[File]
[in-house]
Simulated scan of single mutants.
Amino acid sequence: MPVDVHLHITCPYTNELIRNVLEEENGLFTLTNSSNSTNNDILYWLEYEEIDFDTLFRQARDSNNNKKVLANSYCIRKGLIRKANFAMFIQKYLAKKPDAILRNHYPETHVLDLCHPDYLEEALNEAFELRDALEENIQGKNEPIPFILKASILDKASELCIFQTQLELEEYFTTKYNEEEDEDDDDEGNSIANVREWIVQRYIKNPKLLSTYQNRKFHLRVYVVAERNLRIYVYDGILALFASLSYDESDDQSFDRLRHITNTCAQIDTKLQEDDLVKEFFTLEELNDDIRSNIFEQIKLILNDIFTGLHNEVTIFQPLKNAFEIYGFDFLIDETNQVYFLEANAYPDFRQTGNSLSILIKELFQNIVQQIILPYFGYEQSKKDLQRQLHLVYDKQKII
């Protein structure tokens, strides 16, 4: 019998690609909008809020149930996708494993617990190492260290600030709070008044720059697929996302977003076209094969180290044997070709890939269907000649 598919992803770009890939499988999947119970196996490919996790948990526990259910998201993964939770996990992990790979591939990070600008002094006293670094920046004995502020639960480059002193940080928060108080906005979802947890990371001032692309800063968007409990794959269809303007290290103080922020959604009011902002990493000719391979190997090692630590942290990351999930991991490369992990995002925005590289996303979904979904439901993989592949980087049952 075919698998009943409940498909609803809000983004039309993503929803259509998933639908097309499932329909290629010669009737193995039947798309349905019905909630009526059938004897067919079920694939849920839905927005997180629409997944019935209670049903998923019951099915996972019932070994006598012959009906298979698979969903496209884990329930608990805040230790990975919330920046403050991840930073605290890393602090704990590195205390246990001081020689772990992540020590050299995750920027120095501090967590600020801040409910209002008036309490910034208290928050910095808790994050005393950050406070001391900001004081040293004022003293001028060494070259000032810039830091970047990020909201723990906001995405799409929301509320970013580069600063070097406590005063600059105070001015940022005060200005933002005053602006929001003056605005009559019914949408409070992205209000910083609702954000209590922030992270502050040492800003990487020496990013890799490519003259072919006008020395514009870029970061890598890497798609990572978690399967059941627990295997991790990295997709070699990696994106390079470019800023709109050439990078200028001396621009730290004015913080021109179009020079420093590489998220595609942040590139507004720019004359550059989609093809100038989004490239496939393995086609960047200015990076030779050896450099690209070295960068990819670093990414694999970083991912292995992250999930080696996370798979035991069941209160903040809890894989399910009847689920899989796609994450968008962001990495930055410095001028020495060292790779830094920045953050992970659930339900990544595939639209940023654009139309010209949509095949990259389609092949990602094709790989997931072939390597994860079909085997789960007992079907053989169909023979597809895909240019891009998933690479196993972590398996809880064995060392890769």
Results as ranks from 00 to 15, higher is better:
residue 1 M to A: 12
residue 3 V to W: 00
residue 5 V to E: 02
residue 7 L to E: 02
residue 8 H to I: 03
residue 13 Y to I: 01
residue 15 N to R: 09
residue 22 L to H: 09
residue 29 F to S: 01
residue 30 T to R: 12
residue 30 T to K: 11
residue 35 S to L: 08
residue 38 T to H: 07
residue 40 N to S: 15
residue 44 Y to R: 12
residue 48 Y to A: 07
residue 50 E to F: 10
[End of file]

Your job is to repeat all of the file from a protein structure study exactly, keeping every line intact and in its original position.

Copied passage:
[in-house]
Simulated scan of single mutants.
Amino acid sequence: MPVDVHLHITCPYTNELIRNVLEEENGLFTLTNSSNSTNNDILYWLEYEEIDFDTLFRQARDSNNNKKVLANSYCIRKGLIRKANFAMFIQKYLAKKPDAILRNHYPETHVLDLCHPDYLEEALNEAFELRDALEENIQGKNEPIPFILKASILDKASELCIFQTQLELEEYFTTKYNEEEDEDDDDEGNSIANVREWIVQRYIKNPKLLSTYQNRKFHLRVYVVAERNLRIYVYDGILALFASLSYDESDDQSFDRLRHITNTCAQIDTKLQEDDLVKEFFTLEELNDDIRSNIFEQIKLILNDIFTGLHNEVTIFQPLKNAFEIYGFDFLIDETNQVYFLEANAYPDFRQTGNSLSILIKELFQNIVQQIILPYFGYEQSKKDLQRQLHLVYDKQKII
């Protein structure tokens, strides 16, 4: 019998690609909008809020149930996708494993617990190492260290600030709070008044720059697929996302977003076209094969180290044997070709890939269907000649 598919992803770009890939499988999947119970196996490919996790948990526990259910998201993964939770996990992990790979591939990070600008002094006293670094920046004995502020639960480059002193940080928060108080906005979802947890990371001032692309800063968007409990794959269809303007290290103080922020959604009011902002990493000719391979190997090692630590942290990351999930991991490369992990995002925005590289996303979904979904439901993989592949980087049952 075919698998009943409940498909609803809000983004039309993503929803259509998933639908097309499932329909290629010669009737193995039947798309349905019905909630009526059938004897067919079920694939849920839905927005997180629409997944019935209670049903998923019951099915996972019932070994006598012959009906298979698979969903496209884990329930608990805040230790990975919330920046403050991840930073605290890393602090704990590195205390246990001081020689772990992540020590050299995750920027120095501090967590600020801040409910209002008036309490910034208290928050910095808790994050005393950050406070001391900001004081040293004022003293001028060494070259000032810039830091970047990020909201723990906001995405799409929301509320970013580069600063070097406590005063600059105070001015940022005060200005933002005053602006929001003056605005009559019914949408409070992205209000910083609702954000209590922030992270502050040492800003990487020496990013890799490519003259072919006008020395514009870029970061890598890497798609990572978690399967059941627990295997991790990295997709070699990696994106390079470019800023709109050439990078200028001396621009730290004015913080021109179009020079420093590489998220595609942040590139507004720019004359550059989609093809100038989004490239496939393995086609960047200015990076030779050896450099690209070295960068990819670093990414694999970083991912292995992250999930080696996370798979035991069941209160903040809890894989399910009847689920899989796609994450968008962001990495930055410095001028020495060292790779830094920045953050992970659930339900990544595939639209940023654009139309010209949509095949990259389609092949990602094709790989997931072939390597994860079909085997789960007992079907053989169909023979597809895909240019891009998933690479196993972590398996809880064995060392890769």
Results as ranks from 00 to 15, higher is better:
residue 1 M to A: 12
residue 3 V to W: 00
residue 5 V to E: 02
residue 7 L to E: 02
residue 8 H to I: 03
residue 13 Y to I: 01
residue 15 N to R: 09
residue 22 L to H: 09
residue 29 F to S: 01
residue 30 T to R: 12
residue 30 T to K: 11
residue 35 S to L: 08
residue 38 T to H: 07
residue 40 N to S: 15
residue 44 Y to R: 12
residue 48 Y to A: 07
residue 50 E to F: 10